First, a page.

A junior at Lebanon High School felt that she should make an anti-bullying video after her classmate committed suicide as a result of bullying. Emily Gipson, the creator of this video, posted it to YouTube and it went viral. The video was recorded in a classroom at the high school after school hours. Because she was not authorized to use this classroom after school hours and didn’t have permission, Gipson got into trouble. It was not the video’s content itself that got her into trouble.
The content of this video was asking for people to be respectful of each other. In the video, Gipson says, “Welcome to Lebanon High School, where you come to be
analyzed from head-to-toe every day by people you don’t even know.”
Gipson had said in response to News 4, a local Lebanon news station, “I’ve seen problems with bullying, problem with bullying not being dealt with, and I feel like some things are just put aside.” Gipson also had said that the video is for anyone who feels like they are getting bullied and also spoke about how she recognizes that bullying occurs in every school. “Anywhere I can make a difference I’d love to,” said Gipson.
Gipson has indeed made a difference in people’s lives with this video – she says she’s received numerous messages from people who watched her video, and that these were all extremely supportive messages. One girl even said the video saved her life.
The punishment Gipson received for recording this video in a classroom at school was two days of in-school suspension.
I understand that the school had to take some sort of action as Gipson did not receive consent to use the classroom and anything that is filmed on campus can be interpreted as school district endorsement, which is why students’ need to get approval first. And, most likely, the school district did not disagree with what Gipson’s message was at all. However, I still do not feel that this punishment was fair. Although Gipson should have asked to use this classroom first, I feel like her video was such a good deed that she should have been given a lesser punishment and actually given some praise for what she did!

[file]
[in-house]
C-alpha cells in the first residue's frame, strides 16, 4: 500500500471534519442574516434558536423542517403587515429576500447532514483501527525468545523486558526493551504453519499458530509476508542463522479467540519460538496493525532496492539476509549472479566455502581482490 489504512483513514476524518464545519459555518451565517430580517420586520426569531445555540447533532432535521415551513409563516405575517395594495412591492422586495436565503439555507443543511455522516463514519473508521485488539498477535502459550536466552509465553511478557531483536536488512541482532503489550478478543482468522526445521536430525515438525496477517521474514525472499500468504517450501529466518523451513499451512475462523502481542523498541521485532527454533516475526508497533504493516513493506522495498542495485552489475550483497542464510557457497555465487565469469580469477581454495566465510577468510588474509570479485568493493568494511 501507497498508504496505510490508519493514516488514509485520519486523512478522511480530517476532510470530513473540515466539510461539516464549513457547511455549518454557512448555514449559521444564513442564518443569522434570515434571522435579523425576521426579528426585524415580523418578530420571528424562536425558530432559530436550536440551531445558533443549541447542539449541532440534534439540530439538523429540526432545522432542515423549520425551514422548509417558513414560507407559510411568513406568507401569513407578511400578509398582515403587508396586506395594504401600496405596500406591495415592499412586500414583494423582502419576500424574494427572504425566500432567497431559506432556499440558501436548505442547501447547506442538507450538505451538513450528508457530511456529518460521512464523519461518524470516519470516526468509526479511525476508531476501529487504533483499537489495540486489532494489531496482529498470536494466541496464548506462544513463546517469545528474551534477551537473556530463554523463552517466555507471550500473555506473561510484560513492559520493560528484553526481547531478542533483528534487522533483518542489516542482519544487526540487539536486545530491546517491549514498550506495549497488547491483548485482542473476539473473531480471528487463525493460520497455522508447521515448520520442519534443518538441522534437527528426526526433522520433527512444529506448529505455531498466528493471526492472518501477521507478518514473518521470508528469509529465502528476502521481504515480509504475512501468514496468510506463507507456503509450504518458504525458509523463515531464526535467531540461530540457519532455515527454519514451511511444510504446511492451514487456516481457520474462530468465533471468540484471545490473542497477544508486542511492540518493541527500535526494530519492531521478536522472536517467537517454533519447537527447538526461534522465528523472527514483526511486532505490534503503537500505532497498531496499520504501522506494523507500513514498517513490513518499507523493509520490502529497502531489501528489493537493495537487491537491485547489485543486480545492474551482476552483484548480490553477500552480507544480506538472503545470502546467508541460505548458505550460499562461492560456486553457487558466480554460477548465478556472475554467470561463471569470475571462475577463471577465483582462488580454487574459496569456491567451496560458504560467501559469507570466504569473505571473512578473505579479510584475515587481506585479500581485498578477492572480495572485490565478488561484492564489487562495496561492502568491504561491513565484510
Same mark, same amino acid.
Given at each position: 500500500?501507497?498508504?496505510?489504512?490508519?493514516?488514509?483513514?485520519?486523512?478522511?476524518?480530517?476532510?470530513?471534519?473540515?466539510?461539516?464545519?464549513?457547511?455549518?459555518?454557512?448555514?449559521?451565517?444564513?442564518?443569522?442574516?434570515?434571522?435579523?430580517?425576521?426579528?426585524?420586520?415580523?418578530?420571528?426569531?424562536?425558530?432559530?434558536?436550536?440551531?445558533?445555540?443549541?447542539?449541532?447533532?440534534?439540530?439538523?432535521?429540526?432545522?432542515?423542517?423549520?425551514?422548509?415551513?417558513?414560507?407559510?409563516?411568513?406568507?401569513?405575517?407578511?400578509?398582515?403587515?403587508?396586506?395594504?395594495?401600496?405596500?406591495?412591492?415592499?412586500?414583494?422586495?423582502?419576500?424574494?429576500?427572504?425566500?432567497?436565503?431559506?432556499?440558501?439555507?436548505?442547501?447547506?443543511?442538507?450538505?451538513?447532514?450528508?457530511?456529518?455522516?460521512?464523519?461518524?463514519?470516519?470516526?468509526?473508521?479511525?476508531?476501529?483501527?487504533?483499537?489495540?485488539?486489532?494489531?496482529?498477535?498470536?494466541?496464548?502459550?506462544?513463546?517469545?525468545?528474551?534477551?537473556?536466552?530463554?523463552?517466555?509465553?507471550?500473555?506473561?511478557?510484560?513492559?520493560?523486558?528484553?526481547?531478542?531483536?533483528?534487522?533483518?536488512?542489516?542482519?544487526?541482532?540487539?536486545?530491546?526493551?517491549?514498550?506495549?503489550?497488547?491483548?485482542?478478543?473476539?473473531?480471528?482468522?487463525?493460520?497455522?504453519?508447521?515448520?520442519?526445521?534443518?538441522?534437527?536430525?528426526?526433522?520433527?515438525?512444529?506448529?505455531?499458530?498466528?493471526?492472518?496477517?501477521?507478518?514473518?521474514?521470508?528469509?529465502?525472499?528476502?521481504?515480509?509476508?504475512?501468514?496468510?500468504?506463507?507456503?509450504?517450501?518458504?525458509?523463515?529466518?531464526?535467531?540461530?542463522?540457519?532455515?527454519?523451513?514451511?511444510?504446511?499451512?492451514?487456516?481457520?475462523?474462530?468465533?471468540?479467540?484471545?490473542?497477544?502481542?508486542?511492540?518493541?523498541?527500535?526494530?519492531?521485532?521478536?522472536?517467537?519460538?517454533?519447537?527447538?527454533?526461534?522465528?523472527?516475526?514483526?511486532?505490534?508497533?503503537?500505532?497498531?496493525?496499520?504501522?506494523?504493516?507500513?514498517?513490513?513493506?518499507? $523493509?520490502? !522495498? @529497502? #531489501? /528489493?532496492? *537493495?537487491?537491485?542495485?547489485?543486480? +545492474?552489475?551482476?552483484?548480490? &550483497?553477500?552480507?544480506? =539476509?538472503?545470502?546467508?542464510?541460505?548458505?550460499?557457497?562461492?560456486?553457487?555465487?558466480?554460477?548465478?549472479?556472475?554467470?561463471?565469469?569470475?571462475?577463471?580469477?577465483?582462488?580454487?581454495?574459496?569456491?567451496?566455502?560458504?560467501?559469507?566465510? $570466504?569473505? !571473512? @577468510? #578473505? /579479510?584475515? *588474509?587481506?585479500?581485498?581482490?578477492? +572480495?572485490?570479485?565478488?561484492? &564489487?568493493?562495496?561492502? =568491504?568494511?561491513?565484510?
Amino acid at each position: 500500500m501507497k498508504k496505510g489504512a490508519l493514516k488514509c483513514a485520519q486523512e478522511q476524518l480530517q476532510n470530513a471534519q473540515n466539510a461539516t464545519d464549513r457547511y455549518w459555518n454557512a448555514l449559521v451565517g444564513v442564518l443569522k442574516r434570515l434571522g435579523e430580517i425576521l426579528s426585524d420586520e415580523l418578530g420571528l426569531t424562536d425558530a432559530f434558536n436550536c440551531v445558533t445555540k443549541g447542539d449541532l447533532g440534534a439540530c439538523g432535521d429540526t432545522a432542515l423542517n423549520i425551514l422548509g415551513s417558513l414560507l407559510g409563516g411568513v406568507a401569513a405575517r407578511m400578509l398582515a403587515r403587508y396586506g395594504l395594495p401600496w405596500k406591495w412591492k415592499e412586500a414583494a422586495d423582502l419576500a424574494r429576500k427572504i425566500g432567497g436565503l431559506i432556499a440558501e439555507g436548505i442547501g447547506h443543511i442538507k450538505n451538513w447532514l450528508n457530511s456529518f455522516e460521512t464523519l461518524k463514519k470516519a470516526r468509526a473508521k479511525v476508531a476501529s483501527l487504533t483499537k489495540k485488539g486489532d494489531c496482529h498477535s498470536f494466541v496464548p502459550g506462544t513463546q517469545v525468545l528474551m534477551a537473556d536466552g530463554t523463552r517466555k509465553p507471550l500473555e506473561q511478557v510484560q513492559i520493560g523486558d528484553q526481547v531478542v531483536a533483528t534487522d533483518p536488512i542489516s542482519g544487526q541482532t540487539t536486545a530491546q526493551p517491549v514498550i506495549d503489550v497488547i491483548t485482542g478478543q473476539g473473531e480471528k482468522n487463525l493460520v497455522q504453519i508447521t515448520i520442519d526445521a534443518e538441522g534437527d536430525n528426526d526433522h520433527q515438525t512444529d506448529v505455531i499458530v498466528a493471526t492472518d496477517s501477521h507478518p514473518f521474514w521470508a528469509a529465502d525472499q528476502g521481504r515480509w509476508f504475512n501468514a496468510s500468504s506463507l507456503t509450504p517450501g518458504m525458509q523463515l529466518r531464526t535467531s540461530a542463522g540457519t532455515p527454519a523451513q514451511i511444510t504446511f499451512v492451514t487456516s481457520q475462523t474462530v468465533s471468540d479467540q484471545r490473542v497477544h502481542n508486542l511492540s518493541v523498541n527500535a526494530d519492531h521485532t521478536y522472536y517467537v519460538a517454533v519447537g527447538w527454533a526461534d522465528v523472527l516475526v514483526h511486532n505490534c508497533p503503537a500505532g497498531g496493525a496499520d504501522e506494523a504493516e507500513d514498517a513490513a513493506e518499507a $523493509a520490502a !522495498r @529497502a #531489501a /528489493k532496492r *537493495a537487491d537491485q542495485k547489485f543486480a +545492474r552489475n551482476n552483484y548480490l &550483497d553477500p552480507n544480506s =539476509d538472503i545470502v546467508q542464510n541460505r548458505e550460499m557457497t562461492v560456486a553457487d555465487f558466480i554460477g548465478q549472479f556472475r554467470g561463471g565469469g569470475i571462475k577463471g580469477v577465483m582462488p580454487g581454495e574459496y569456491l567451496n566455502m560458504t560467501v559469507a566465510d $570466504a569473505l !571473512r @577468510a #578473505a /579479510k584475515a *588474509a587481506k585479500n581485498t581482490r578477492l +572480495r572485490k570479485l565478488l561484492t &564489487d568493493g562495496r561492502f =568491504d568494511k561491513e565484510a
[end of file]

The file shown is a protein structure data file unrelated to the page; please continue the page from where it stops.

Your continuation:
I think that they should have done a one period or week’s detention, but not in-school suspension. Gipson deserved to see the video her effects have had in her school and how good her deed was. At the same time, however, she does need a little bit of a gentle reminder that she cannot film videos in classrooms without permission. Therefore, I think detention is a better idea than two days of in-school suspension. The school administrators should also talk to her, and perhaps the entire school, about why students cannot film videos in classrooms.
The idea behind the video was to help her peers and teens in general think of themselves in an increasingly positive matter. Because she wasn’t screaming into the void like thousands of other anti-bullying videos and notably saved lives, I feel that they should have recognized her good deed in some way.
As a student who has been bullied a lot in the past, I know that I would’ve heavily benefitted from a teen my age making this video. It’s people who witness bullying and other forms of hate but don’t do anything who seem, to me at least, the most harmful – these are the bystanders who could have helped, but did not. And when a bystander steps forward and stands up to a bully, through any means possible and in an effective way, it really makes a difference. This video made a huge difference in people’s lives and I feel that that matters more than whether or not Gipson had gotten prior consent to use a school classroom as a backdrop to her powerful and positive message.